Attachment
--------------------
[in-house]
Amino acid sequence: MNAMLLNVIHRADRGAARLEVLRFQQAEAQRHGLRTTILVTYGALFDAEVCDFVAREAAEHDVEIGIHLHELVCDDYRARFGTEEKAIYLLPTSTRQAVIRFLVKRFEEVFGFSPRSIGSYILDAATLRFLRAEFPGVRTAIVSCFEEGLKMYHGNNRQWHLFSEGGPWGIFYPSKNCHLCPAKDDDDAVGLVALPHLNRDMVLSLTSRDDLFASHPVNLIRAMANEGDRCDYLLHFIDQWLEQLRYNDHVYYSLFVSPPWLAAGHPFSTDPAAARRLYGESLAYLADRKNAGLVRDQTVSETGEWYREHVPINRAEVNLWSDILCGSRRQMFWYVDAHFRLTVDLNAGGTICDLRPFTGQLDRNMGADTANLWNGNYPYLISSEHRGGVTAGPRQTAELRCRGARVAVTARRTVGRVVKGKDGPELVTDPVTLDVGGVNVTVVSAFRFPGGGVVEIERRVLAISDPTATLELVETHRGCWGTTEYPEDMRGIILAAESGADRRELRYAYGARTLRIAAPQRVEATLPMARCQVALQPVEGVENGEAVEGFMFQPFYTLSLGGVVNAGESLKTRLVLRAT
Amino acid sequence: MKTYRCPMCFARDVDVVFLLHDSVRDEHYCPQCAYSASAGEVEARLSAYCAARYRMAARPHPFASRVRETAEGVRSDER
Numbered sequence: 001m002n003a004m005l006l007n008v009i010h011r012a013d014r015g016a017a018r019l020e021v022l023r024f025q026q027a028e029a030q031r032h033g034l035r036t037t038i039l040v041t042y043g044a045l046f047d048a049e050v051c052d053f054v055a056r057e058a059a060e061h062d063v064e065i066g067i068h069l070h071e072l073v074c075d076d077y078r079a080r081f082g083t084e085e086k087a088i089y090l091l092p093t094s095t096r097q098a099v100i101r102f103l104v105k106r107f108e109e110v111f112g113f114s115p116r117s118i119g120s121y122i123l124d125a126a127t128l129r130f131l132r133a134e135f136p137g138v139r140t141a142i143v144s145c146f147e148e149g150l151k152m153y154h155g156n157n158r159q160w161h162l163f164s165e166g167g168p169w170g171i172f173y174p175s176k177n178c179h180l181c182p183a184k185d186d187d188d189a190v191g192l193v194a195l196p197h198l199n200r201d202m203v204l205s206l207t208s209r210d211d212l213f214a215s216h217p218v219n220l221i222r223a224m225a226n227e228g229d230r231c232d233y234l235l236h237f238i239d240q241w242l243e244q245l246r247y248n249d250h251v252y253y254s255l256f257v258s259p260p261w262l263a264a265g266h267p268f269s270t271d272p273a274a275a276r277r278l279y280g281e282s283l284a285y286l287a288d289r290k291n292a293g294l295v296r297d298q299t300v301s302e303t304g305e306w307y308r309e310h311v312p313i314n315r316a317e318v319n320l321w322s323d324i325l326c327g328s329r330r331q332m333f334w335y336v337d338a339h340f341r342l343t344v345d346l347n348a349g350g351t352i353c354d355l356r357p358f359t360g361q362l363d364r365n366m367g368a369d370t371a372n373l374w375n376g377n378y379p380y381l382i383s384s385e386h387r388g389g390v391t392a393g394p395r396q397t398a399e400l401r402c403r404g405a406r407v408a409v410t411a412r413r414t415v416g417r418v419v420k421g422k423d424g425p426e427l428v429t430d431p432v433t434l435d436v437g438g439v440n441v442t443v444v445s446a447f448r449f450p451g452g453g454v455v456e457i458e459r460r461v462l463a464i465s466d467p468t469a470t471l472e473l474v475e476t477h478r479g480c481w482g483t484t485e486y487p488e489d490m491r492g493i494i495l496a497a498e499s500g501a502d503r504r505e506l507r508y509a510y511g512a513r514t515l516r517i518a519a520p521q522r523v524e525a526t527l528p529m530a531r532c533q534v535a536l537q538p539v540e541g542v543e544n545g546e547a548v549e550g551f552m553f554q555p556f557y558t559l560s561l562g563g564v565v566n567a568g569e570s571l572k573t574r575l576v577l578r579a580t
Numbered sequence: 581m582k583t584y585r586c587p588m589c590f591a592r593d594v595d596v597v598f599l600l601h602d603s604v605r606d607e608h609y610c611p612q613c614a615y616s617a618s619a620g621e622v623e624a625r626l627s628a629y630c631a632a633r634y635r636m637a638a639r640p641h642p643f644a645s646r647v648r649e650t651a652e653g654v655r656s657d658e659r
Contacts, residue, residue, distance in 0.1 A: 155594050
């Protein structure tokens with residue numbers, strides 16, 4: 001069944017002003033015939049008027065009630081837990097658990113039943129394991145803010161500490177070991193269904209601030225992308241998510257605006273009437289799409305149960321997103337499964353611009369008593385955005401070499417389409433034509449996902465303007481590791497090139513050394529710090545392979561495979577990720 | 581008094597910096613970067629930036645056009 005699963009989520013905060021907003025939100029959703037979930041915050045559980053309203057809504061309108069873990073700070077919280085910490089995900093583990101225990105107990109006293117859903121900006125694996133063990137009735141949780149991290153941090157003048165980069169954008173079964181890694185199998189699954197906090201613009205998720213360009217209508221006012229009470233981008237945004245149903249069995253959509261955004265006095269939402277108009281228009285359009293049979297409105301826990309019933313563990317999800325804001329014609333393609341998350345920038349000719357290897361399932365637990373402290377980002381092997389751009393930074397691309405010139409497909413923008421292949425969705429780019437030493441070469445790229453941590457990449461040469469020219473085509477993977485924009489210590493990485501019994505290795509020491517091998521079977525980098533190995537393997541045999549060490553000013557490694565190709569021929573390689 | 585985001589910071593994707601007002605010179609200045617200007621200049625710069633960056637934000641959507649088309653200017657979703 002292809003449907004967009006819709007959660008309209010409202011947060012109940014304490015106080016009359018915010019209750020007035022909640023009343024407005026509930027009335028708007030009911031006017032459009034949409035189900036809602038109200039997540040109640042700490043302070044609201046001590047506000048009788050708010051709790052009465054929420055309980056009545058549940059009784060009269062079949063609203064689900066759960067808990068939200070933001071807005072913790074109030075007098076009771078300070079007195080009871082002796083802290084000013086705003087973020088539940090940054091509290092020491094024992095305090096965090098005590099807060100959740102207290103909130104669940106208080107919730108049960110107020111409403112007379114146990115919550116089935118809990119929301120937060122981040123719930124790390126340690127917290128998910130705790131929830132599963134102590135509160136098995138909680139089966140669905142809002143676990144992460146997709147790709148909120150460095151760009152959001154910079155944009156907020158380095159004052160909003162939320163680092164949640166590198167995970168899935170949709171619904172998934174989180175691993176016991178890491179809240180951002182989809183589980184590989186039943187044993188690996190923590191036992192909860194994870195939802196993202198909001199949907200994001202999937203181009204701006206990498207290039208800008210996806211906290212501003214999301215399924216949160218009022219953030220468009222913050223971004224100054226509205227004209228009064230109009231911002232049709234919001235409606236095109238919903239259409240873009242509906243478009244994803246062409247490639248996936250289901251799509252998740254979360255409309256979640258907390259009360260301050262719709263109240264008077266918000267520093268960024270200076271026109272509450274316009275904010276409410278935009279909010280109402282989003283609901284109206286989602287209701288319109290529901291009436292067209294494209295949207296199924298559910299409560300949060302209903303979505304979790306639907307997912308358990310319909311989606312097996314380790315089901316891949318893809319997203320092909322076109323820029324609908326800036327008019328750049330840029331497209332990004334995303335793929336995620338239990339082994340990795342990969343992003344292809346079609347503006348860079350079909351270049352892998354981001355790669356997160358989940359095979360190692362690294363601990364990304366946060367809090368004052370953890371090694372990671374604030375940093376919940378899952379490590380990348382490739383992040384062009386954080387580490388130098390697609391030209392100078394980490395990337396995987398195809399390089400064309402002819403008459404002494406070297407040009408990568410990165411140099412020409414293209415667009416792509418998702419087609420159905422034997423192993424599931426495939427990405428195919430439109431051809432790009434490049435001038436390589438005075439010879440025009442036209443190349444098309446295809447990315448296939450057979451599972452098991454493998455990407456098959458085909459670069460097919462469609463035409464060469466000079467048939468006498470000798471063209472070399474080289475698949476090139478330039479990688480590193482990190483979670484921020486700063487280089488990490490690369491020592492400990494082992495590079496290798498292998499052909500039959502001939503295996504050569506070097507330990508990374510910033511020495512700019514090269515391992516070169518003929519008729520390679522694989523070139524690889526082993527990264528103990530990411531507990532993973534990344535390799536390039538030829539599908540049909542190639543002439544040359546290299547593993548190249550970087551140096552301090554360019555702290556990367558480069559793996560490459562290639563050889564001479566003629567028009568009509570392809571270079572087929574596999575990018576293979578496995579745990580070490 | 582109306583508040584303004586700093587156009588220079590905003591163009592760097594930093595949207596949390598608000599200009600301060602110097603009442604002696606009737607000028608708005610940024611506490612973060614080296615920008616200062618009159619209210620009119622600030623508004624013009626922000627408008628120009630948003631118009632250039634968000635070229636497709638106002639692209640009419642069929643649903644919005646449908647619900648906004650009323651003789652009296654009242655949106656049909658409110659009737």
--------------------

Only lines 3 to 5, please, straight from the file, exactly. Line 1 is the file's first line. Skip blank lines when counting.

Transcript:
Amino acid sequence: MKTYRCPMCFARDVDVVFLLHDSVRDEHYCPQCAYSASAGEVEARLSAYCAARYRMAARPHPFASRVRETAEGVRSDER
Numbered sequence: 001m002n003a004m005l006l007n008v009i010h011r012a013d014r015g016a017a018r019l020e021v022l023r024f025q026q027a028e029a030q031r032h033g034l035r036t037t038i039l040v041t042y043g044a045l046f047d048a049e050v051c052d053f054v055a056r057e058a059a060e061h062d063v064e065i066g067i068h069l070h071e072l073v074c075d076d077y078r079a080r081f082g083t084e085e086k087a088i089y090l091l092p093t094s095t096r097q098a099v100i101r102f103l104v105k106r107f108e109e110v111f112g113f114s115p116r117s118i119g120s121y122i123l124d125a126a127t128l129r130f131l132r133a134e135f136p137g138v139r140t141a142i143v144s145c146f147e148e149g150l151k152m153y154h155g156n157n158r159q160w161h162l163f164s165e166g167g168p169w170g171i172f173y174p175s176k177n178c179h180l181c182p183a184k185d186d187d188d189a190v191g192l193v194a195l196p197h198l199n200r201d202m203v204l205s206l207t208s209r210d211d212l213f214a215s216h217p218v219n220l221i222r223a224m225a226n227e228g229d230r231c232d233y234l235l236h237f238i239d240q241w242l243e244q245l246r247y248n249d250h251v252y253y254s255l256f257v258s259p260p261w262l263a264a265g266h267p268f269s270t271d272p273a274a275a276r277r278l279y280g281e282s283l284a285y286l287a288d289r290k291n292a293g294l295v296r297d298q299t300v301s302e303t304g305e306w307y308r309e310h311v312p313i314n315r316a317e318v319n320l321w322s323d324i325l326c327g328s329r330r331q332m333f334w335y336v337d338a339h340f341r342l343t344v345d346l347n348a349g350g351t352i353c354d355l356r357p358f359t360g361q362l363d364r365n366m367g368a369d370t371a372n373l374w375n376g377n378y379p380y381l382i383s384s385e386h387r388g389g390v391t392a393g394p395r396q397t398a399e400l401r402c403r404g405a406r407v408a409v410t411a412r413r414t415v416g417r418v419v420k421g422k423d424g425p426e427l428v429t430d431p432v433t434l435d436v437g438g439v440n441v442t443v444v445s446a447f448r449f450p451g452g453g454v455v456e457i458e459r460r461v462l463a464i465s466d467p468t469a470t471l472e473l474v475e476t477h478r479g480c481w482g483t484t485e486y487p488e489d490m491r492g493i494i495l496a497a498e499s500g501a502d503r504r505e506l507r508y509a510y511g512a513r514t515l516r517i518a519a520p521q522r523v524e525a526t527l528p529m530a531r532c533q534v535a536l537q538p539v540e541g542v543e544n545g546e547a548v549e550g551f552m553f554q555p556f557y558t559l560s561l562g563g564v565v566n567a568g569e570s571l572k573t574r575l576v577l578r579a580t
Numbered sequence: 581m582k583t584y585r586c587p588m589c590f591a592r593d594v595d596v597v598f599l600l601h602d603s604v605r606d607e608h609y610c611p612q613c614a615y616s617a618s619a620g621e622v623e624a625r626l627s628a629y630c631a632a633r634y635r636m637a638a639r640p641h642p643f644a645s646r647v648r649e650t651a652e653g654v655r656s657d658e659r